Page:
Thank you for all the great letters you have been sending Watford Borough Council in support of us! Please keep up the pressure! Here is a great letter sent last week -
Wednesday 28 August 2013
Dear Mayor Dorothy Thornhill
I am writing in response to recent events regarding Farm Terrace allotments and the national interest expressed in your council's desire to dispose of the site for development.
Allotments in this country are of great historical and social importance. It is possible to draw a direct line from the strip farming by peasants in the 12th century through the enclosure of the commons during the 17th, 18th and 19th centuries, to allotments as we know them today.
Allotments came into being as a result of three key concerns:
To alleviate poverty among the working poor "“ many who had left rural communities for the cities at the outset of the Industrial Revolution
The enclosure of the commons that culminated in the General Inclosure Act 1845. This effectively finalised the centuries old attacks on commoner rights to cultivate, graze, collect timber, and cut fuel from the commons.
To provide useful recreation during non-working hours (and keep them out of the pub!).
Allotments have often fallen in and out of fashion, but perhaps had their greatest heyday during WW1 and the Dig For Victory campaign of WW2 "“ indeed they were the domestic engine that helped prevent Britain starve during the Atlantic blockade by Axis powers.
In uncertain economic times there is a strong case for developing more allotments to serve population centres, not disposal. At the end of WW1 there were 1.5 million allotments "“ as of May 2011 it was reported there were approximately 152,000 allotments left.1 Meanwhile the UK relies on 68% EU imports to feed the population, while agricultural productivity continues to decline from its peak in the 1980's.2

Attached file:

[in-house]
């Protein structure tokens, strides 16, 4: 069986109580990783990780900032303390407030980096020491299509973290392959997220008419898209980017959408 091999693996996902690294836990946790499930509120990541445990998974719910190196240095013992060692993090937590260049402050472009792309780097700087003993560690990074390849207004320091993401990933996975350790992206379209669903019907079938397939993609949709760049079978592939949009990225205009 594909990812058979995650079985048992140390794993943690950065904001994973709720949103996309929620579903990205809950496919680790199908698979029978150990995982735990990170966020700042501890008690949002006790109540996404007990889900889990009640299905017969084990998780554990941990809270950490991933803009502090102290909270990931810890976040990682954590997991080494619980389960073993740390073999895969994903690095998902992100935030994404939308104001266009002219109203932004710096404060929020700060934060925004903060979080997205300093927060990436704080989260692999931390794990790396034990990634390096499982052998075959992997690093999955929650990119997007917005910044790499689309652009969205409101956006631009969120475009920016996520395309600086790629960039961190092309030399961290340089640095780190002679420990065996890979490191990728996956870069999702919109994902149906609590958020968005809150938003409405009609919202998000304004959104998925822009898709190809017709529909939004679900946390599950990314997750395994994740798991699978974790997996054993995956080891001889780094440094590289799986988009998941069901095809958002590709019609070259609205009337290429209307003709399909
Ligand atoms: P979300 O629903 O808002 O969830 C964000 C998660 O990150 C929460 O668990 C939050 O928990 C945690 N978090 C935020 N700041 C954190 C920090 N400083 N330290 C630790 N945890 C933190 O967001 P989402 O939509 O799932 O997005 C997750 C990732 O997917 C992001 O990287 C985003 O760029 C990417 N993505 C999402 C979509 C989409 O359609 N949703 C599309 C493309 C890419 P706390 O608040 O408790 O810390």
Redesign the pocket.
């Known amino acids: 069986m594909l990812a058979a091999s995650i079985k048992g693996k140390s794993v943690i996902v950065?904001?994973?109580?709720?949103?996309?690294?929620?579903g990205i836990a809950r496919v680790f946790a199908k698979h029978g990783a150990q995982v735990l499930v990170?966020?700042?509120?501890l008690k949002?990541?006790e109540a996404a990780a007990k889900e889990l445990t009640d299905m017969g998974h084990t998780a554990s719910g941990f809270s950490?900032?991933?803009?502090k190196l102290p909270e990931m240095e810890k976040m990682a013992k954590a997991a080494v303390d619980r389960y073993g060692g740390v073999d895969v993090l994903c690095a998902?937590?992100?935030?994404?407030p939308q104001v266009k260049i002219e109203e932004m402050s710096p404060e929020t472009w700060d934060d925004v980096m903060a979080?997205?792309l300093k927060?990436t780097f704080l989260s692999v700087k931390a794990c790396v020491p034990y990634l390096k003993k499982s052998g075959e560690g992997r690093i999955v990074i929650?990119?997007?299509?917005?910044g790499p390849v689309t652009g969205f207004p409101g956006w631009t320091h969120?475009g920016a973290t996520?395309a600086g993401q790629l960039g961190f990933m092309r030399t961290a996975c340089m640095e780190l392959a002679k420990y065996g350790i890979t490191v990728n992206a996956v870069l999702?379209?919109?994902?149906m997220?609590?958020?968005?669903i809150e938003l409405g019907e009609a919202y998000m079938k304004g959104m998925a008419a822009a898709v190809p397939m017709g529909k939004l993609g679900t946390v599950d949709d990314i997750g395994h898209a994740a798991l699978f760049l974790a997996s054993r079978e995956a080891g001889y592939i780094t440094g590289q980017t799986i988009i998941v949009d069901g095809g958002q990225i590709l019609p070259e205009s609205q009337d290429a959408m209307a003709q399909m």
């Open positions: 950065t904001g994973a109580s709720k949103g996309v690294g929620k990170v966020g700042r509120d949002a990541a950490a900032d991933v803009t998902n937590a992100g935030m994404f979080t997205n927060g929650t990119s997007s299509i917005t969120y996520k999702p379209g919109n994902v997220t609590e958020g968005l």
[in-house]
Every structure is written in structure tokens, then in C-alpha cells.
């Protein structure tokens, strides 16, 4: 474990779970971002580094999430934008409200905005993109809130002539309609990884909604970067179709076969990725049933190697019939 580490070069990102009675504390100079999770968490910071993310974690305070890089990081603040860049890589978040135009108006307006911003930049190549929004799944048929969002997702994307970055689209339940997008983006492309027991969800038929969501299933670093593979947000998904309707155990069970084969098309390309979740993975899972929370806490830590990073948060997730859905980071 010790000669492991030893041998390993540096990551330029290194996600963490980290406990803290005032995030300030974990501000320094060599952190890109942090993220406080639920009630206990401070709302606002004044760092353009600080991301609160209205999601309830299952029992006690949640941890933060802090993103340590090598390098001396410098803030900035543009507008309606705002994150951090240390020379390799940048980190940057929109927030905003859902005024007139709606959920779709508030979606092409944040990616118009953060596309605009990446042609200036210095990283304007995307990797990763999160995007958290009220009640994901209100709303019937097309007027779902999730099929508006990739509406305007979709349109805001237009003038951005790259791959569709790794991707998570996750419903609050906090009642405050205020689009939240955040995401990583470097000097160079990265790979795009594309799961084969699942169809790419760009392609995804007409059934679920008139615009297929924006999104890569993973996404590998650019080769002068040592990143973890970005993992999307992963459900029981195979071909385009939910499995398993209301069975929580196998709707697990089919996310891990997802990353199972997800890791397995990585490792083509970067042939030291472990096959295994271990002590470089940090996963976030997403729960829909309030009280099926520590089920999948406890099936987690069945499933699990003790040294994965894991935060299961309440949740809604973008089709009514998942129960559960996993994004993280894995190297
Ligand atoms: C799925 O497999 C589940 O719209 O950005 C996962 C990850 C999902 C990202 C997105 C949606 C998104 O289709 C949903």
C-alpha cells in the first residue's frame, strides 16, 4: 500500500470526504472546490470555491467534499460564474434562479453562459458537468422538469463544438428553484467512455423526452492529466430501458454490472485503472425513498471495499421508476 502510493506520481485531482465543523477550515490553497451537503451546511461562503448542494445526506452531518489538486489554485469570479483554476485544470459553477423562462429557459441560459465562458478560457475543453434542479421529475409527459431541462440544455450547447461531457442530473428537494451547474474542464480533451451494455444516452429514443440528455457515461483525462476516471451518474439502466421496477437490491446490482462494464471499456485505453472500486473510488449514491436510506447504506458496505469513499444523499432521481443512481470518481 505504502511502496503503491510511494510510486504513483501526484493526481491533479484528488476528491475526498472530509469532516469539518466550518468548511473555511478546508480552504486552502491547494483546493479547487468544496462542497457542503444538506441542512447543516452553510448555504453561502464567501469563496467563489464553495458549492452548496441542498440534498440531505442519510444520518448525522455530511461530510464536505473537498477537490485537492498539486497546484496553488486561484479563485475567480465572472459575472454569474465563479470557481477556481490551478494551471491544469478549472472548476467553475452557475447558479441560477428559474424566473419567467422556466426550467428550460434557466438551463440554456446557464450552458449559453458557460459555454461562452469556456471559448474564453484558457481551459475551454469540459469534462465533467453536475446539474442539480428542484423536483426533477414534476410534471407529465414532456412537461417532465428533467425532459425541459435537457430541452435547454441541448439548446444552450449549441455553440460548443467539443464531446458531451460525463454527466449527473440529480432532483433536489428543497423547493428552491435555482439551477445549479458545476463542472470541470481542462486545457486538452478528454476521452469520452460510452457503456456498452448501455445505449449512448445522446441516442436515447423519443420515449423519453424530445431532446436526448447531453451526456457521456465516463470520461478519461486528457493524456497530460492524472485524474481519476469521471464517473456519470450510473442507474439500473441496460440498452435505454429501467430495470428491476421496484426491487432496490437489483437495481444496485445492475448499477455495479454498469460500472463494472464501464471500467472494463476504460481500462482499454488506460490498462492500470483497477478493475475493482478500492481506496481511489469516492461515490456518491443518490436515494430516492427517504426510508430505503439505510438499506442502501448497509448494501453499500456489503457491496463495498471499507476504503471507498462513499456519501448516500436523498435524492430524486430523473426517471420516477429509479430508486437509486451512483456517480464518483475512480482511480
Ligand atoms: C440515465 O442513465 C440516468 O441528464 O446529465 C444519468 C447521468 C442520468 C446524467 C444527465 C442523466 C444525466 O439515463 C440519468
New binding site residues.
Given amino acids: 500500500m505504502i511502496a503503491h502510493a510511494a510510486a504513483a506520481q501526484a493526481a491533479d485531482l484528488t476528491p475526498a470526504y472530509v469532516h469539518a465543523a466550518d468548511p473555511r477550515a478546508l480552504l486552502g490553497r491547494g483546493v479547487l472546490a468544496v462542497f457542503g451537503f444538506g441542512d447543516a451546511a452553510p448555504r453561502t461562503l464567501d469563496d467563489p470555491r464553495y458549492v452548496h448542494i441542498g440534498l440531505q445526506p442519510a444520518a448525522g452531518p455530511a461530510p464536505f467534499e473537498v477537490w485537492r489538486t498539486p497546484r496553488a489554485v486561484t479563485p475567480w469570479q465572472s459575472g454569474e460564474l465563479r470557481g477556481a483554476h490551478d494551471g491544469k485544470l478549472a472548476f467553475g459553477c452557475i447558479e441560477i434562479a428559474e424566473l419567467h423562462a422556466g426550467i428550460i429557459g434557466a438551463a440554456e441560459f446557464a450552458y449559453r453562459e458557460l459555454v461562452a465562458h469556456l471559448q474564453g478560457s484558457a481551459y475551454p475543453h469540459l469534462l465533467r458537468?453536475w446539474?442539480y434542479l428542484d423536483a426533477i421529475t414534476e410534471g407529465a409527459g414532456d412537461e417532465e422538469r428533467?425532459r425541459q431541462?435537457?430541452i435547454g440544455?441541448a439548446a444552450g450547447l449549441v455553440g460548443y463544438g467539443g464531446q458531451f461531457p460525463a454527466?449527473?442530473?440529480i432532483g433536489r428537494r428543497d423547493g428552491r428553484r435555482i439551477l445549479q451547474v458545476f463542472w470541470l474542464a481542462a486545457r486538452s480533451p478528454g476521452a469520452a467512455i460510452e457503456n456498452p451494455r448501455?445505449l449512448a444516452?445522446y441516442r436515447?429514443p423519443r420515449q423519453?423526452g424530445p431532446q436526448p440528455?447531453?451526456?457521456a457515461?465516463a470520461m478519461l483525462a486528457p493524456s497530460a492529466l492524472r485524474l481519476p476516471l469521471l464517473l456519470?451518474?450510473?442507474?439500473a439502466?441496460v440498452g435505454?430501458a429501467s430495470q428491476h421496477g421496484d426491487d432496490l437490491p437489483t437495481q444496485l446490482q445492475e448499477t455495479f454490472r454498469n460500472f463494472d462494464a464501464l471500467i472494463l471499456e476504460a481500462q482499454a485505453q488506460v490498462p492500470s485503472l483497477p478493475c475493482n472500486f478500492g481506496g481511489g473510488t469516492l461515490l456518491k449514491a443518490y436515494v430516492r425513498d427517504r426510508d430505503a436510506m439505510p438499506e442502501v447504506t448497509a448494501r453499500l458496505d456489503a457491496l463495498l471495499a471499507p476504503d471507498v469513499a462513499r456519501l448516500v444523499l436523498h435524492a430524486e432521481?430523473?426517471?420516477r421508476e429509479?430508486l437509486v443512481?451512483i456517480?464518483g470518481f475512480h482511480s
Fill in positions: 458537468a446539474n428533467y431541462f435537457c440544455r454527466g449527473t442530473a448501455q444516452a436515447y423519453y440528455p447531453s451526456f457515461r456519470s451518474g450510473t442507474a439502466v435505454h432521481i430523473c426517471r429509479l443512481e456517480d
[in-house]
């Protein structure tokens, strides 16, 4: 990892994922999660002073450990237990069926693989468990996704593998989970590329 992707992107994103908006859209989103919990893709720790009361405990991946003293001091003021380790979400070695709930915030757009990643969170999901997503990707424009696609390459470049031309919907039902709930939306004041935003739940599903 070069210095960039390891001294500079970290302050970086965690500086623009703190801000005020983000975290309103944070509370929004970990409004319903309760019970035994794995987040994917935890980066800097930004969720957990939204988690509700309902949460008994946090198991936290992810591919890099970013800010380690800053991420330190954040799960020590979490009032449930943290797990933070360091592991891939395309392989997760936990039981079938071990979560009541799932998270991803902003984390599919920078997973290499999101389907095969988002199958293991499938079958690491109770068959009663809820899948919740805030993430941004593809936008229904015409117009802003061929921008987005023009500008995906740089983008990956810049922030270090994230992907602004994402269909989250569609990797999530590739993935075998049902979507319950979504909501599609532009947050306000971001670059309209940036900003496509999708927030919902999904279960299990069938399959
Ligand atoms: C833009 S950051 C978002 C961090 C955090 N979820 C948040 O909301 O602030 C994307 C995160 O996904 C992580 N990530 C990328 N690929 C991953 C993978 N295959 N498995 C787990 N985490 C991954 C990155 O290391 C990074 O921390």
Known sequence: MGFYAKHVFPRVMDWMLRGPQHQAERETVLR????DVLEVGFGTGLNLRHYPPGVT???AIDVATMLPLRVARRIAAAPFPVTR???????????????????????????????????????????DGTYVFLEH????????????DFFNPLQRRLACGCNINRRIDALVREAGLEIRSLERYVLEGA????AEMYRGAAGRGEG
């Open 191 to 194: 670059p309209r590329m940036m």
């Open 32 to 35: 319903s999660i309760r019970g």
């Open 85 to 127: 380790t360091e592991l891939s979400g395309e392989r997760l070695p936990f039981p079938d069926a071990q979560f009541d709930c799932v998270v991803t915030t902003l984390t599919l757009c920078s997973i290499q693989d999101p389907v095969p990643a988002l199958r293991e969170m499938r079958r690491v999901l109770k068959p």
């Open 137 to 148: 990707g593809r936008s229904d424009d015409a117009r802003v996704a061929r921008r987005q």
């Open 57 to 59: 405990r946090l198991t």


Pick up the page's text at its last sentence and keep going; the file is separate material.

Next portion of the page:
The difficulty that faces many local authorities in the 21st Century is the competing demands placed upon it by government and the tax payer "“ obvious examples are housing, business and industry, healthcare provision, social care, and leisure. Such demands were never envisaged when allotment legislation was drafted. This however should not be detrimental to the existence of allotments when councils consider whether sites are "˜unnecessary or surplus to requirements', and nor should it lead one to neglect the varied positive contributions made by these havens of horticultural endeavour.
They provide access to fresh air and green spaces for urban populations, and are important educational assets for our communities (being a former teacher I'm sure you would recognise).
They're healthy as they offer the opportunity for exercise and are proven to help reduce the ravages of mental illnesses such Post Traumatic Stress Disorder3 and depression.
With continued development and expansion of our towns and cities allotments are vital areas for urban and suburban biodiversity. Trees are seen as the green lungs of a town or city, and it can be argued that allotments are the green nervous system for our communities.